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Thread: GFS type NYII pickups

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    GFS type NYII pickups

    This will probably sound like a stupid question to most of you but since it's coming from me, it's par for the course. Shows you how much I don't know.
    What effect would removing the existing cover from a GFS NYII pickup and replacing it with a toaster type cover have. Would the metal from the new in contact with the tops of the posts short anything out or would it not matter?

    I have been having much difficulty making keeping continuity with my bobbin winding. The winder works fine but I seem to not be able to get a reading with the V-O meter. I've been using Schatten 42 wire with poly insulation, which you folks said does not need to be sanded for soldering. I have also not been covering the AlNiCo 5 rod magnets with any sort of insulation but winding right up against the magnets. Not sure if this is a probblem. In any event, I have a couple of GFS II pickups that I would like to cover with a toaster cover until I can get the correct pickups rewound for the RIC. I am very frustrated and at a loss. Any suggestions would be very much appreciated. Thx, j

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    Pickup Maker David Schwab's Avatar
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    The toaster covers probably wont change the tone much at all.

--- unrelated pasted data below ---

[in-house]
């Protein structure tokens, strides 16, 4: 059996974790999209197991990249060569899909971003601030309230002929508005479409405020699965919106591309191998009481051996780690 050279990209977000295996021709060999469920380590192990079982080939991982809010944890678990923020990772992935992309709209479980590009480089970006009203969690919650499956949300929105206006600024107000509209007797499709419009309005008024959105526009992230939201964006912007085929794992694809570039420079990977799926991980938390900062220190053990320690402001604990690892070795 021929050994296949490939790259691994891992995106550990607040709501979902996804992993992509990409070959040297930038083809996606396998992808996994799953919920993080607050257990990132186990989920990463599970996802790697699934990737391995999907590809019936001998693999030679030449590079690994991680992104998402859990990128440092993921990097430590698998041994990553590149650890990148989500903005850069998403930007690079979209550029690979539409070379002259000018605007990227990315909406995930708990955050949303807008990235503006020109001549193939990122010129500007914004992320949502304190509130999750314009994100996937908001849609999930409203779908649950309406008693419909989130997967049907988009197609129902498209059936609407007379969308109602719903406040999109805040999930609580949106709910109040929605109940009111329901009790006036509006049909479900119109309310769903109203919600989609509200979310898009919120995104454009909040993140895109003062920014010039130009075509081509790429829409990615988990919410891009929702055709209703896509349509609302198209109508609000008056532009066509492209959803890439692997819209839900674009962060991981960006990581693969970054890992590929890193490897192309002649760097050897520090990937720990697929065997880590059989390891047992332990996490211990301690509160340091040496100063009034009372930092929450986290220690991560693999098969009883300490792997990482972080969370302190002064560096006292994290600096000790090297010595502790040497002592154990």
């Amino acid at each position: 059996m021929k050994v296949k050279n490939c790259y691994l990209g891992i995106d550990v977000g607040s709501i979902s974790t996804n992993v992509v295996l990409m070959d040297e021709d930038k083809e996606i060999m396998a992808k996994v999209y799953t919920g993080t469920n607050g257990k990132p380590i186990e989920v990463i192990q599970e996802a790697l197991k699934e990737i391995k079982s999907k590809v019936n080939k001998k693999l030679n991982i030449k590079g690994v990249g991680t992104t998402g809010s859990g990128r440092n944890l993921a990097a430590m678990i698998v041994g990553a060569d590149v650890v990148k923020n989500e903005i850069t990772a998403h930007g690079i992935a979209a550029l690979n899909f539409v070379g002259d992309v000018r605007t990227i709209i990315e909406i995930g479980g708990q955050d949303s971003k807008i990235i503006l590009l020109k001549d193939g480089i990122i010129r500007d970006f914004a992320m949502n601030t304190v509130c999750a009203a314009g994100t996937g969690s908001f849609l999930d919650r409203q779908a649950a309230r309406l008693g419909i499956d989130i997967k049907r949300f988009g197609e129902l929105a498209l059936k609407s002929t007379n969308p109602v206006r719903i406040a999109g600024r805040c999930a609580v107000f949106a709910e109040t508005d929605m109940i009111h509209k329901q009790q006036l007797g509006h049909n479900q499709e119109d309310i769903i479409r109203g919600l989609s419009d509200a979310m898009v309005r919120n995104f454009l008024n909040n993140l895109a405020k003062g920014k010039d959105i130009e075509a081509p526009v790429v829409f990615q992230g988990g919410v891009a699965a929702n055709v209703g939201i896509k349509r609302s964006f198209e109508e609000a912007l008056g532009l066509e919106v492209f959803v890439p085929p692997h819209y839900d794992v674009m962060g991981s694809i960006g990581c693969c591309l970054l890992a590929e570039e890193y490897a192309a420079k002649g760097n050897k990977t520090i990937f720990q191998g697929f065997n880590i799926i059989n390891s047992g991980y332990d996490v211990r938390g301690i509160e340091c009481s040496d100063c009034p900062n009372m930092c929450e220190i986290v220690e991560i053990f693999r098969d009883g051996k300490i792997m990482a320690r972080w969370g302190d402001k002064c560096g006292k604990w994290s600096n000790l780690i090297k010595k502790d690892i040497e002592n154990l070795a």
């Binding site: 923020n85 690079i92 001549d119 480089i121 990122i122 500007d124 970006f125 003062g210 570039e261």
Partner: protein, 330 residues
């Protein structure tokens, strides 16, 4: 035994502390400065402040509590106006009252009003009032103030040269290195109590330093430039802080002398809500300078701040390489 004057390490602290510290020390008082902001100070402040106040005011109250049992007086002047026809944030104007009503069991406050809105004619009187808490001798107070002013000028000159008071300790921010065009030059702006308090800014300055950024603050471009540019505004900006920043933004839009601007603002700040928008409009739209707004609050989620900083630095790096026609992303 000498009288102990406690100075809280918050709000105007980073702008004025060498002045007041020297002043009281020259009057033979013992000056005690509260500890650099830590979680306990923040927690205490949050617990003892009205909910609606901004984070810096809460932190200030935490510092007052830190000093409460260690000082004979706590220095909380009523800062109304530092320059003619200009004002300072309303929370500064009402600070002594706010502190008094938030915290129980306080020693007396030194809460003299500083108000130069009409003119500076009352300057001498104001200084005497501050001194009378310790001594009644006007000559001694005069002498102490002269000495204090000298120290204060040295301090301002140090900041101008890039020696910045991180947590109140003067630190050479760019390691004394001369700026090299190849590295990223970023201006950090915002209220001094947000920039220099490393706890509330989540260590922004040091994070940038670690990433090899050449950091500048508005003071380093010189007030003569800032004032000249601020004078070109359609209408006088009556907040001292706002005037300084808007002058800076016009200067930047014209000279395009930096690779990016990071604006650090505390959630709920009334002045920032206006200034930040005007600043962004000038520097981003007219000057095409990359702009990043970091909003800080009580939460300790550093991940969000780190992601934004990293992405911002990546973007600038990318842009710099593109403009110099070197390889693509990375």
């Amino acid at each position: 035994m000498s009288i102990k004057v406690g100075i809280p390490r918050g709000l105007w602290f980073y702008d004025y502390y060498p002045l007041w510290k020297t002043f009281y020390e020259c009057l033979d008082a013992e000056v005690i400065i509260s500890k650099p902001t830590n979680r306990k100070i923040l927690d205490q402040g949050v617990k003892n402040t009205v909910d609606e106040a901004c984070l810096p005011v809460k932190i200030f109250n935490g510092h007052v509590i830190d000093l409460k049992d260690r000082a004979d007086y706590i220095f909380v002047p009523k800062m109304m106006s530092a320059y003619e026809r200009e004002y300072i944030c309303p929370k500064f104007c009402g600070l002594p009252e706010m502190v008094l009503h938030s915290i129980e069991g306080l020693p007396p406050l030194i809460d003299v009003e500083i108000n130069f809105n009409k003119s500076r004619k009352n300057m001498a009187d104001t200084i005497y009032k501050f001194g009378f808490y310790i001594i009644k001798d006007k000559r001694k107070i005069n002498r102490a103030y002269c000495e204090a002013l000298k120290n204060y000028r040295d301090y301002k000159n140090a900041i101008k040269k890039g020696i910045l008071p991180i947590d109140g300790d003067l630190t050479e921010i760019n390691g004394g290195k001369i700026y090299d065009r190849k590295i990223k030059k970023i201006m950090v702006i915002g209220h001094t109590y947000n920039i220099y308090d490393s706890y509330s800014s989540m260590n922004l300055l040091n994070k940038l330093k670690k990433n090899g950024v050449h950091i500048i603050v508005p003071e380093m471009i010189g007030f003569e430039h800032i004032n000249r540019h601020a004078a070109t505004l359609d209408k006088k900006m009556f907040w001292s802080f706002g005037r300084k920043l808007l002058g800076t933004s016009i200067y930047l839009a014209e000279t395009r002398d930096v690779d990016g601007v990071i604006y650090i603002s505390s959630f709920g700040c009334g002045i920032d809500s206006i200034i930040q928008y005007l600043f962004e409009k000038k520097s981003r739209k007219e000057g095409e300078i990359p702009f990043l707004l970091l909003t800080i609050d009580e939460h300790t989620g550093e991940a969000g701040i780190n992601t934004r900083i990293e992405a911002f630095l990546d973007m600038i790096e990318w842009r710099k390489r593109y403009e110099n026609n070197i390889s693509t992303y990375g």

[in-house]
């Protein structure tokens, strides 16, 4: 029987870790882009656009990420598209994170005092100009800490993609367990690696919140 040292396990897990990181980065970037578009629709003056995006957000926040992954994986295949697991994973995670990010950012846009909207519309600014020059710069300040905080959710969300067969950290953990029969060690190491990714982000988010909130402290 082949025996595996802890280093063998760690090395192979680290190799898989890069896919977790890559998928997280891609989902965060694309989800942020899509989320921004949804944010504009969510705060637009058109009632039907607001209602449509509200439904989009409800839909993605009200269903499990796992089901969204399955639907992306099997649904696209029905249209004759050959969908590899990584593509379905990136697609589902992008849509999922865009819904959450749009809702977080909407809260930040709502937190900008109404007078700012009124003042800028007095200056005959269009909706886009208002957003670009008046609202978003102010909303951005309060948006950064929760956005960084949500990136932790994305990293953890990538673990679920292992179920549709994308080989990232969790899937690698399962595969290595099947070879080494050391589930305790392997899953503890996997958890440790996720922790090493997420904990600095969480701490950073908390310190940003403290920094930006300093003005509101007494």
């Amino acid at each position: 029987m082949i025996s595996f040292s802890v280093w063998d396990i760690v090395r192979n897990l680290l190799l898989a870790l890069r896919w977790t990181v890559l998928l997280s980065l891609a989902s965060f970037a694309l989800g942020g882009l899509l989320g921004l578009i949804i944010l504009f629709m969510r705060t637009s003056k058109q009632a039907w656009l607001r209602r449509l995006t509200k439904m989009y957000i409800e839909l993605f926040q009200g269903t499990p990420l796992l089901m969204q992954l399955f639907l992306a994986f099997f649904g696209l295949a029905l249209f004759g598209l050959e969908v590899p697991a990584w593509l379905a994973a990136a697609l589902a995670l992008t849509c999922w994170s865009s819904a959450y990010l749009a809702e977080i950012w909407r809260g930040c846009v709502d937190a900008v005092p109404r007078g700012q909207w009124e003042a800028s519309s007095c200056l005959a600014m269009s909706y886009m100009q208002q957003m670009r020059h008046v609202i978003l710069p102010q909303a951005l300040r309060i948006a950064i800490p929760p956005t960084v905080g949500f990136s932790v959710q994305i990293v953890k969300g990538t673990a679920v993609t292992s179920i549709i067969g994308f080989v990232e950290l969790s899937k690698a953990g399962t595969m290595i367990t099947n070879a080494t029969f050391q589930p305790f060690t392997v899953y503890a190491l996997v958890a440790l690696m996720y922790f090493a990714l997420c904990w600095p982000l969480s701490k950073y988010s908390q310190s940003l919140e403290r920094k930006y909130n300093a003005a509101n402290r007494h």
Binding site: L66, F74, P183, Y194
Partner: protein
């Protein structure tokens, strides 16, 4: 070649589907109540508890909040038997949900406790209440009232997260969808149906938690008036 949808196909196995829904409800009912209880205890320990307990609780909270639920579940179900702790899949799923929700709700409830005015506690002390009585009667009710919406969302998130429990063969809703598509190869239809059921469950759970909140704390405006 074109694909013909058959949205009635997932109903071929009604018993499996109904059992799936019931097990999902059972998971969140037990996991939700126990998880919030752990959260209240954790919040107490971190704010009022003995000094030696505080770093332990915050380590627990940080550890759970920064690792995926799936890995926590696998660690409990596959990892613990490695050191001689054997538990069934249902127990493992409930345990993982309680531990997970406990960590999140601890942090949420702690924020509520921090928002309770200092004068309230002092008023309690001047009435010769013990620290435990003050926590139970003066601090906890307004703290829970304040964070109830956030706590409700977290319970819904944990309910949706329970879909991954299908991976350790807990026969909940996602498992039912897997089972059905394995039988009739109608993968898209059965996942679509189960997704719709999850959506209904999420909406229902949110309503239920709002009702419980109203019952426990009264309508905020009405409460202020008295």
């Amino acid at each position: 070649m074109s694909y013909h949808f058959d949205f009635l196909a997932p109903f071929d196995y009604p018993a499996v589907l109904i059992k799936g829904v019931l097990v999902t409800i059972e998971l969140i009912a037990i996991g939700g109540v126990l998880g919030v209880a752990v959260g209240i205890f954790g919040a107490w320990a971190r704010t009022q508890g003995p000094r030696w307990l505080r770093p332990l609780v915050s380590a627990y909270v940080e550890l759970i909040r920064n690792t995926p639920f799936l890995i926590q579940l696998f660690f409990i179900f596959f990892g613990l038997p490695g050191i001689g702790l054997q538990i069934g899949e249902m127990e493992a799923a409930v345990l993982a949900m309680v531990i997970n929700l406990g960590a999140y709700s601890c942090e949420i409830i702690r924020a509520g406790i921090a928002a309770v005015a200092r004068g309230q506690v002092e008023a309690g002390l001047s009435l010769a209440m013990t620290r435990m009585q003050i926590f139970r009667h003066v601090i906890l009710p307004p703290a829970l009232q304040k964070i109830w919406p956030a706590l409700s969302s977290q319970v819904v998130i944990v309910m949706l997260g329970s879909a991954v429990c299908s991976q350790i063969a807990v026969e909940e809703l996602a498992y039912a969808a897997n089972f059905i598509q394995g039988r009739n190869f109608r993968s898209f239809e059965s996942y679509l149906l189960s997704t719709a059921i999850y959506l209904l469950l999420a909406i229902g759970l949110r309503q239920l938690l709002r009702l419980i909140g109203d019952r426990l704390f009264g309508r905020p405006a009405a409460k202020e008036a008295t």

When you use solderable wire, you really have to heat up the wire. I start out with a lead wire about 2 inches long with about 1/4" stripped and tinned, and then I wrap the magnet wire around the tinned end a bunch of times, and then solder that joint with my iron set at 700. I heat the wire just until the insulation is starting to deform. Then I fold a small piece of paper tape over the connection. If I'm winding on a plastic bobbin, I tape that end to the inside of the bobbin, so the tape covers the connection.

    If you can't get a good connection that way, try sanding or using a butane lighter. Just pass the flame from the lighter quickly past the magnet wire a few times. You should see a small puff of smoke as the insulation burns off. Hole the flame under it too long and the magnet wire will melt.

    You should wrap some tape over your magnets or you might get a short. The tape wont alter the tone. At the very least put some tape on the end two magnets.